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Mexican legends bloom in Britain for Christmas


Wild in the highlands of Central America, reaching a height of up to five metres, grows a vibrant plant known as Flores de Noche Buena – ‘Flowers of the Holy Night’. Treasured by Mexico’s people, it was first put to use by the Aztecs, adorning temples with its intense symbolism. Steeped in legend, it has since garnered a varied and celebrated global reputation, most notably as a favourite festive houseplant commonly known as the poinsettia.

 

Blood of an Aztec goddess

The Aztecs, who lived in today’s Mexico between the 14th and 16th Centuries, called the poinsettia plant Cuetlaxochitl, which means ‘leather flower’.
It was used to embellish temples, and was seen as a symbol of new life for warriors who had fallen in battle, and also provided a healing plant and coloured dye. Aztec legend says that Cuetlaxochitl was the favourite
flower of Montezuma, the Aztec ruler. He believed the
red stain on its upper leaves came from the blood of an
Aztec goddess who died of a broken heart. His legend spread all the way to Europe, where it most likely inspired the poinsettia’s French name; Étoile d’amour, or Star of Love.

 

Pepita’s magic gift

Mexico’s conquest by the Spaniards at the start of the 16th century heralded the collapse of Aztec culture. As a result, Cuetlaxochitl became Flores de Noche Buena, Flowers of the Holy Night.
At this point the poinsettia gained another tale that would stick for years to come. It’s told that a little girl named Pepita was too poor to buy a real present for baby Jesus on Christmas Eve. So instead she picked green twigs from a shrub on her way to church and tied them into a bouquet. When she placed her gift at the foot of the altar, suddenly the twigs bloomed in a magnificent red. And so it’s said the poinsettia’s Mexican name originated; Flores de Noche Buena, and it became the country’s official Christmas flower. 
 

Mr Poinsett’s favourite plant

Over 2,000 years later, in 1804, the first poinsettia plant reached Europe, travelling with Naturalist Alexander von Humboldt. Catalogued in Berlin, it was named Euphorbia pulcherrima; translated as the most beautiful of the Euphorbiaceae family.

In 1828, the American ambassador in Mexico, Joel Roberts Poinsett, brought poinsettias to the USA. In his honour, the plant was given its name ‘poinsettia’. Poinsett died on 12th December 1952, and since then, the day of his death has been known as Poinsettia Day.

 

To Hollywood Boulevard and beyond

Jump another thousand years ahead and meet a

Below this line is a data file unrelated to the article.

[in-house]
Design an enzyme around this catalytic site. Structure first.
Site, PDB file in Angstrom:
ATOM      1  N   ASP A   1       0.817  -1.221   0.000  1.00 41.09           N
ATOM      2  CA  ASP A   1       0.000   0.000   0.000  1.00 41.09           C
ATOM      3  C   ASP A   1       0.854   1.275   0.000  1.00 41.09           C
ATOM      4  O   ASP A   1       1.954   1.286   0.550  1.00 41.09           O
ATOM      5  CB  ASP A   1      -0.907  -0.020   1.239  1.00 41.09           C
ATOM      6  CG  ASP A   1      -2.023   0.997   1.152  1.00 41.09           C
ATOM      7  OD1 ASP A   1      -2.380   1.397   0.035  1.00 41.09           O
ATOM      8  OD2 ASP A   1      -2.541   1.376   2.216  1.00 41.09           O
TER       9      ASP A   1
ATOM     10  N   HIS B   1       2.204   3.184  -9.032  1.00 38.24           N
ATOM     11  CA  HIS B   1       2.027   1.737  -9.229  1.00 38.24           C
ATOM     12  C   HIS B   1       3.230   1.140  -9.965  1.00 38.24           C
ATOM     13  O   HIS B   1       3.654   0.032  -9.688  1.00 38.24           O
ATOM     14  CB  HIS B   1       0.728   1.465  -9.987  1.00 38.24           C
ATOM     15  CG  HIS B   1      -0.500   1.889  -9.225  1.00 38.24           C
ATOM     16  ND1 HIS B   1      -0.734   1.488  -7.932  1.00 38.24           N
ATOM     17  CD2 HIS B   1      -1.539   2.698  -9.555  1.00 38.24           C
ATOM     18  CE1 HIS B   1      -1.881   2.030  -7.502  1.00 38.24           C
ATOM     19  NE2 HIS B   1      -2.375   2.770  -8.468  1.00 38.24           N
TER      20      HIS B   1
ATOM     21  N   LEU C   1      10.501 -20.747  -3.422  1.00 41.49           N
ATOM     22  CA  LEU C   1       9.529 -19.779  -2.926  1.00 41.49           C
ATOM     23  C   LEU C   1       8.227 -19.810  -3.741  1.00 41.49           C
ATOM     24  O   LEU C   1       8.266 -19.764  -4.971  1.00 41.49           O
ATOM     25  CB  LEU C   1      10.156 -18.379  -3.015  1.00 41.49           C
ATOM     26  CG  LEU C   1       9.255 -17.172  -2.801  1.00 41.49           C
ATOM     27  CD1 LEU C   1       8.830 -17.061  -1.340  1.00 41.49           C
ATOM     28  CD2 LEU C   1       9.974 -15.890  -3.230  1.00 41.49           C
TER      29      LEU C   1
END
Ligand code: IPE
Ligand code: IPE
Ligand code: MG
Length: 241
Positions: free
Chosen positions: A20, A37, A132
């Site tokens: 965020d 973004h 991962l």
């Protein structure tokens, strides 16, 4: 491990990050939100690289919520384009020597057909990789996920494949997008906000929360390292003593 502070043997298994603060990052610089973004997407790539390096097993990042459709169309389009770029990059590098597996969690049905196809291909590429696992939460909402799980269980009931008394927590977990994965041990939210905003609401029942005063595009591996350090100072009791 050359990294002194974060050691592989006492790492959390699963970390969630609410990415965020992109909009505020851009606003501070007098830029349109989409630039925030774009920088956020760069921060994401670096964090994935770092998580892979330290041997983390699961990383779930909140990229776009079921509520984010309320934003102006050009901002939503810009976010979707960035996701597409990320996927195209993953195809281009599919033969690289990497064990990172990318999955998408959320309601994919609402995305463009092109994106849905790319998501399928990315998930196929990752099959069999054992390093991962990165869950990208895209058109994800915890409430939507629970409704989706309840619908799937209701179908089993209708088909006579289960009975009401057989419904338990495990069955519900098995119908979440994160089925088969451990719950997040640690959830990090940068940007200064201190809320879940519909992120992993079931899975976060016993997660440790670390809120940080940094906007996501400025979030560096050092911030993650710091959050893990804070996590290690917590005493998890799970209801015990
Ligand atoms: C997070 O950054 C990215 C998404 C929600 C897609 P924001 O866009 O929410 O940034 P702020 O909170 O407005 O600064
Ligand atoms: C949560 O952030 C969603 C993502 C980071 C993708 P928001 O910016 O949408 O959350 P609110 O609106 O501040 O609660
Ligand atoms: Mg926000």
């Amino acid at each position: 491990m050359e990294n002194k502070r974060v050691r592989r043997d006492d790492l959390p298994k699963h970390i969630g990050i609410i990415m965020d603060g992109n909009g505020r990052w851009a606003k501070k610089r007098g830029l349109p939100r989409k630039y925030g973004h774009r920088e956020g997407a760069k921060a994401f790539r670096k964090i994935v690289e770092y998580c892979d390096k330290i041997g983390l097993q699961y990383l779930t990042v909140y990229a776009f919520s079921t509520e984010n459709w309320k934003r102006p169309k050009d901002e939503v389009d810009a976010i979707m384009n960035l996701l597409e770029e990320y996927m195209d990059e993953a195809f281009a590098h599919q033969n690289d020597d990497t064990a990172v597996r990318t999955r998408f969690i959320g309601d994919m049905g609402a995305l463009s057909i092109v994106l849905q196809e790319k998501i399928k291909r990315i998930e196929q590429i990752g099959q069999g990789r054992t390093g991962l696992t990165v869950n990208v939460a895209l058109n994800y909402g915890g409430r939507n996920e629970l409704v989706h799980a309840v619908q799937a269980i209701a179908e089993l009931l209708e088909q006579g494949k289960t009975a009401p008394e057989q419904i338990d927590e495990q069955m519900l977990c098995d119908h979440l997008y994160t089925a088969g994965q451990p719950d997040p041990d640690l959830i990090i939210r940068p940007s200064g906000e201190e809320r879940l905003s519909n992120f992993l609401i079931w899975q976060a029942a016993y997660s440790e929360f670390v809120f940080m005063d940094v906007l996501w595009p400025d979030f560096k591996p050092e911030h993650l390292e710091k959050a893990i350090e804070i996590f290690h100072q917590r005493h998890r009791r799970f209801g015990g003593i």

German family named Ecke, living in the US. Fascinated
by the red plants growing wild near his Southern
Californian farm, Paul Ecke attempted to cultivate the
poinsettia and scored his first success by selling fresh-
cut poinsettia twigs, marketing them as Christmas
flowers, along the Sunset and Hollywood boulevards in Los Angeles.

Soon, Ecke was growing poinsettias on a bigger scale and distributing them as cut flowers across the country, and later, began offering them as potted plants. By the 1950’s growers in Germany had begun selling poinsettia houseplants, and in the years that followed, they’d conquered Christmas living rooms here and abroad forevermore.

To date there are around 150 different types of poinsettia, with more added every year. Varieties distinguish themselves through growth habit, size and leaf shape. 

 

Poinsettia plant care fast facts

-  From November, poinsettias are available in stores everywhere.

-  Dense foliage and yellow-green budding flowers in-between the coloured bracts are a sure sign of quality.

-  Protect your poinsettia from the wind and transport it quickly to its warm new home.

-  Keep it in a bright, warm spot (around 20° C). It can be close to a radiator, but not in direct sunlight or near draughts so keep away from open doors, windows and fireplaces.

-  Don’t overwater it by leaving a pool of water in the bottom of the pot it’s sitting in. Only water when the soil is almost completely dry.

-  To use poinsettia leaves as fresh flowers in a vase, cut the bracts, dip the cut end in boiling water for 20 seconds, then immediately in cold water, and you’re ready to arrange. 

 

 

 

 



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